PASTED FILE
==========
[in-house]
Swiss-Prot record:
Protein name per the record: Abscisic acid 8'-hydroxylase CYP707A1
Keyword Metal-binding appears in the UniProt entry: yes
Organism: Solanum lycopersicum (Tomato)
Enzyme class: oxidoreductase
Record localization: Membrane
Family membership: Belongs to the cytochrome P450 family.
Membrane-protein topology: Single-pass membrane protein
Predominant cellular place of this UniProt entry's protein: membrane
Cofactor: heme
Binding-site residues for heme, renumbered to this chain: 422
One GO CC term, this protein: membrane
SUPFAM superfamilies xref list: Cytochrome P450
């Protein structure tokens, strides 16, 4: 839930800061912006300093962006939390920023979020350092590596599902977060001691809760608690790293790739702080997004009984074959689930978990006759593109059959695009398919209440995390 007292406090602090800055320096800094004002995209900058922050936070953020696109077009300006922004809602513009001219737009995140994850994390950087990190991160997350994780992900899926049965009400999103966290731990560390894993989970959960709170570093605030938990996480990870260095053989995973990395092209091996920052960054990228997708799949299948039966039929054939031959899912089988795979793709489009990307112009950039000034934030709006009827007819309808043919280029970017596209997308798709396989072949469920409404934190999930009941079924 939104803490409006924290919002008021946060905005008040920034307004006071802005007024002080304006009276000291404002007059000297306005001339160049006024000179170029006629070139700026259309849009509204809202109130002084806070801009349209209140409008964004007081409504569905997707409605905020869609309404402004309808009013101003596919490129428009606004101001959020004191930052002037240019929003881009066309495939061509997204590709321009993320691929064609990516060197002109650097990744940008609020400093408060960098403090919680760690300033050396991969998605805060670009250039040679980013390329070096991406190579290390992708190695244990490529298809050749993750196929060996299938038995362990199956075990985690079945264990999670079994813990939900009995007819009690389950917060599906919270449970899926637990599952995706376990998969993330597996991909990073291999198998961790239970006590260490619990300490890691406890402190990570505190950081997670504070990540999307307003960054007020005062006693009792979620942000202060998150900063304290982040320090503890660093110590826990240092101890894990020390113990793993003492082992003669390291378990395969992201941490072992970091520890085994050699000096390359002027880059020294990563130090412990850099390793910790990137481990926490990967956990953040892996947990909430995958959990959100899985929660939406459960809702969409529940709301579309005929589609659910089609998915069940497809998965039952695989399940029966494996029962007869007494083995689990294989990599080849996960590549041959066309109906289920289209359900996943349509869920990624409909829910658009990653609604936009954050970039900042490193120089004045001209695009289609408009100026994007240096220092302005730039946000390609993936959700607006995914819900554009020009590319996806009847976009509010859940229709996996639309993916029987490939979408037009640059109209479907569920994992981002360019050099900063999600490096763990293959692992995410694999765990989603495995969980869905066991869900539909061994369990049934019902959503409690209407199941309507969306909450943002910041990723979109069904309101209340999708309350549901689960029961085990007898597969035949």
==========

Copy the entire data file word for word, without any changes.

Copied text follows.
[in-house]
Swiss-Prot record:
Protein name per the record: Abscisic acid 8'-hydroxylase CYP707A1
Keyword Metal-binding appears in the UniProt entry: yes
Organism: Solanum lycopersicum (Tomato)
Enzyme class: oxidoreductase
Record localization: Membrane
Family membership: Belongs to the cytochrome P450 family.
Membrane-protein topology: Single-pass membrane protein
Predominant cellular place of this UniProt entry's protein: membrane
Cofactor: heme
Binding-site residues for heme, renumbered to this chain: 422
One GO CC term, this protein: membrane
SUPFAM superfamilies xref list: Cytochrome P450
């Protein structure tokens, strides 16, 4: 839930800061912006300093962006939390920023979020350092590596599902977060001691809760608690790293790739702080997004009984074959689930978990006759593109059959695009398919209440995390 007292406090602090800055320096800094004002995209900058922050936070953020696109077009300006922004809602513009001219737009995140994850994390950087990190991160997350994780992900899926049965009400999103966290731990560390894993989970959960709170570093605030938990996480990870260095053989995973990395092209091996920052960054990228997708799949299948039966039929054939031959899912089988795979793709489009990307112009950039000034934030709006009827007819309808043919280029970017596209997308798709396989072949469920409404934190999930009941079924 939104803490409006924290919002008021946060905005008040920034307004006071802005007024002080304006009276000291404002007059000297306005001339160049006024000179170029006629070139700026259309849009509204809202109130002084806070801009349209209140409008964004007081409504569905997707409605905020869609309404402004309808009013101003596919490129428009606004101001959020004191930052002037240019929003881009066309495939061509997204590709321009993320691929064609990516060197002109650097990744940008609020400093408060960098403090919680760690300033050396991969998605805060670009250039040679980013390329070096991406190579290390992708190695244990490529298809050749993750196929060996299938038995362990199956075990985690079945264990999670079994813990939900009995007819009690389950917060599906919270449970899926637990599952995706376990998969993330597996991909990073291999198998961790239970006590260490619990300490890691406890402190990570505190950081997670504070990540999307307003960054007020005062006693009792979620942000202060998150900063304290982040320090503890660093110590826990240092101890894990020390113990793993003492082992003669390291378990395969992201941490072992970091520890085994050699000096390359002027880059020294990563130090412990850099390793910790990137481990926490990967956990953040892996947990909430995958959990959100899985929660939406459960809702969409529940709301579309005929589609659910089609998915069940497809998965039952695989399940029966494996029962007869007494083995689990294989990599080849996960590549041959066309109906289920289209359900996943349509869920990624409909829910658009990653609604936009954050970039900042490193120089004045001209695009289609408009100026994007240096220092302005730039946000390609993936959700607006995914819900554009020009590319996806009847976009509010859940229709996996639309993916029987490939979408037009640059109209479907569920994992981002360019050099900063999600490096763990293959692992995410694999765990989603495995969980869905066991869900539909061994369990049934019902959503409690209407199941309507969306909450943002910041990723979109069904309101209340999708309350549901689960029961085990007898597969035949």